An interesting thought, because remember that the first attack on the World Trade Center, with explosives, was also largely a failure.

  4. I agree with Clayton that we are in drastic need to reform our medical system. Andy B has expressed a justified concern that involuntary commitment can be used against sane people — and I don’t particularly like the idea of permanently banning someone from guns for life — but I also think there’s a long way to go before we get to that line.

    Indeed, I particularly think it would be reasonable to involuntarily commit people who are homeless (or who spend many nights on the street despite having an apartment), who have a drug problem, and who have committed assaults against people. Additionally, in this day of cell phones and body cams, it shouldn’t be hard to document psychotic episodes when someone has schizophrenia.

    I would also add that if someone has a steady job, and who doesn’t threaten people, and doesn’t put themselves in danger (my sister, when she had her first psychotic episode, refused to eat, although she was also voluntarily committed), probably doesn’t need to be committed.

    Oddly enough, though, I don’t know how effective we’ll be at preventing mass murder by using these guidelines. Unfortunately, when someone is so schizophrenic that they are homeless, they aren’t likely sane enough to carry off an event like this, and those who are borderline enough to be able to hold a job are also sane enough to plan and carry out a deadly attack.

    And there’s pretty much nothing we could do to prevent people like the Las Vegas shooter and Johnny Ringo’s wife (who thankfully didn’t carry out her plans, but almost convinced both patients and nurses to join in on her plan to serially kill child rapists when she voluntarily committed herself), whose first sign that something is wrong is when they carry out their plans…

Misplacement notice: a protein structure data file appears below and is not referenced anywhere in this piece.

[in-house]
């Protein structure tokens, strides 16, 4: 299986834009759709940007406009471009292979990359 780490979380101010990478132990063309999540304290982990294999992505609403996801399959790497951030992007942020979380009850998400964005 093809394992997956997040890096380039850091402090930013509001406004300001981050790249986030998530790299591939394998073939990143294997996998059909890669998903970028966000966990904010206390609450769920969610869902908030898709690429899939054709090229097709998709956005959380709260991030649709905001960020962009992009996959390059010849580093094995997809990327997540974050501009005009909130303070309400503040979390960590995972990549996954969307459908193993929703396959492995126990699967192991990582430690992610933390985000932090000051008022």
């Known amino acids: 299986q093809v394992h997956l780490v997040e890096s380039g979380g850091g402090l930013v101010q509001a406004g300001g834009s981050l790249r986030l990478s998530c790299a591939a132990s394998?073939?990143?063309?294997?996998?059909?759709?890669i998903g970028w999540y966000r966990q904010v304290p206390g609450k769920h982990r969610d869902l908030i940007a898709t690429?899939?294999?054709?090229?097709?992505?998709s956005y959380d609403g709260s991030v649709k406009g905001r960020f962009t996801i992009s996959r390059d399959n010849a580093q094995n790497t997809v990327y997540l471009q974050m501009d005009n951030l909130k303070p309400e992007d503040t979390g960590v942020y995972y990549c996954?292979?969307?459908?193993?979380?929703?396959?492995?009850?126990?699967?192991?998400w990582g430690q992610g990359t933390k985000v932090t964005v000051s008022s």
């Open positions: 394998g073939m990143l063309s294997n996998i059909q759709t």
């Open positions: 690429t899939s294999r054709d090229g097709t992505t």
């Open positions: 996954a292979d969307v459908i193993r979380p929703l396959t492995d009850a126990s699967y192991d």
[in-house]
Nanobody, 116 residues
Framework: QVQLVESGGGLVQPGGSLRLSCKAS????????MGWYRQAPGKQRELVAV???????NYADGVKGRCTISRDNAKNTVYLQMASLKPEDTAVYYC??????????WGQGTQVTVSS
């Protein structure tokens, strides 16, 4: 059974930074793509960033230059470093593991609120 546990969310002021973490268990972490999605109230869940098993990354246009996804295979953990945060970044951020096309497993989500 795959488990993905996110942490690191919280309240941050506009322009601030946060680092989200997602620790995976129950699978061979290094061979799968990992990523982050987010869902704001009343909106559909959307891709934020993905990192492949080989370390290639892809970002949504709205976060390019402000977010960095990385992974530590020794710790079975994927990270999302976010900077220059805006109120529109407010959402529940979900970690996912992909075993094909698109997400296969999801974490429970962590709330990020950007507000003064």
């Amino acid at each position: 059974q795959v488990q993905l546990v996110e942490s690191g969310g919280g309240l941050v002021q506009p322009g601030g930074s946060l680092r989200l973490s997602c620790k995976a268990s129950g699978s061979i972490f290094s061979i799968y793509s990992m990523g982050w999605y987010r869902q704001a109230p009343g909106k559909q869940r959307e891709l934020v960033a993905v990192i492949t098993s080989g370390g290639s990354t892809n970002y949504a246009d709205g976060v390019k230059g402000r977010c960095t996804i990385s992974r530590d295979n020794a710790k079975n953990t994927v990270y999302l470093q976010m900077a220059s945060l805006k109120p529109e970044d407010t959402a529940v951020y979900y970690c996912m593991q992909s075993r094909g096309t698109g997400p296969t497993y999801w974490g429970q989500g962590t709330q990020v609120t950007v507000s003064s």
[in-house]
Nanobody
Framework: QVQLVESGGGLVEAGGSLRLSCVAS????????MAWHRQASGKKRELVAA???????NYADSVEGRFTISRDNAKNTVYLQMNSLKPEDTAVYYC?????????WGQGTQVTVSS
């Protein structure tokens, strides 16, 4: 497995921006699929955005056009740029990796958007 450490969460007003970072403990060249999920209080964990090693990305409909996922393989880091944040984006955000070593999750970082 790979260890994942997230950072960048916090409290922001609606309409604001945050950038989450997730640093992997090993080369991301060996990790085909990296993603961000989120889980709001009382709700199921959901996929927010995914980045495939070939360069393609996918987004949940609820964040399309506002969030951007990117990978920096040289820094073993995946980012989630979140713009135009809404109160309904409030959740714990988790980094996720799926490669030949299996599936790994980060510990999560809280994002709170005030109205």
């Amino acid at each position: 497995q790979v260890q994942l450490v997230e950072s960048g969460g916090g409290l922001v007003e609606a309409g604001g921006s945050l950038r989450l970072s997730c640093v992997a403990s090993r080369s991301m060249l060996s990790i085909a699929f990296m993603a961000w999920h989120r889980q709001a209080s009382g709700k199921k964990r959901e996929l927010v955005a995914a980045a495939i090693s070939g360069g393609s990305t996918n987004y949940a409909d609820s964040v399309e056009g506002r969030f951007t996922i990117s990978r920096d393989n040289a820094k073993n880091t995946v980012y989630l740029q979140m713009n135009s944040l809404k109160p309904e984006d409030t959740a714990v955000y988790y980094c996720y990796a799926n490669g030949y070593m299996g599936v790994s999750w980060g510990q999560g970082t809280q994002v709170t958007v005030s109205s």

And even in those cases, trotting out “if only guns were banned” won’t work, because when someone who is rich enough to have a pilot’s license and even owns a couple of planes secretly decides to kill a lot of people, there isn’t much we could do to stop them.

  5. I suppose Clayton doesn’t want to weigh down his column with too much academic information of the sort one would include in an academic paper, but I just re-read it and began wondering about the methodology by which he determined what were killings traceable to mental illness?

    My first thought about that post-Civil War spike that lasted through the end of the century was that it was connected to the variety of massacres that occurred during Reconstruction, the Indian Wars, and the early labor movement. But Clayton guesses that what he has identified were “PTSD” related.

    Thinking out loud, the things I cited were “ideological” in nature, but also could have been driven by mental illness, including PTSD-based illnesses. That is not unlike our contemporary mass murderers, many of whom are mentally ill but also are clearly driven by an “ideology.” To confuse things even more, some of our contemporary murderers were “ideologues,” but it isn’t clear that their ideologies are what propelled them to murder.

    Which is my long-winded way of saying, how do we identify in history which murders were motivated almost solely (or even largely) by mental illness?

  6. I distinguish mass murder by proximate cause. About 1/4 are either clearly severe mental illness or likely so. That outta the rate that rose in the 1860s and 1870s although not too the 1980s to present rate.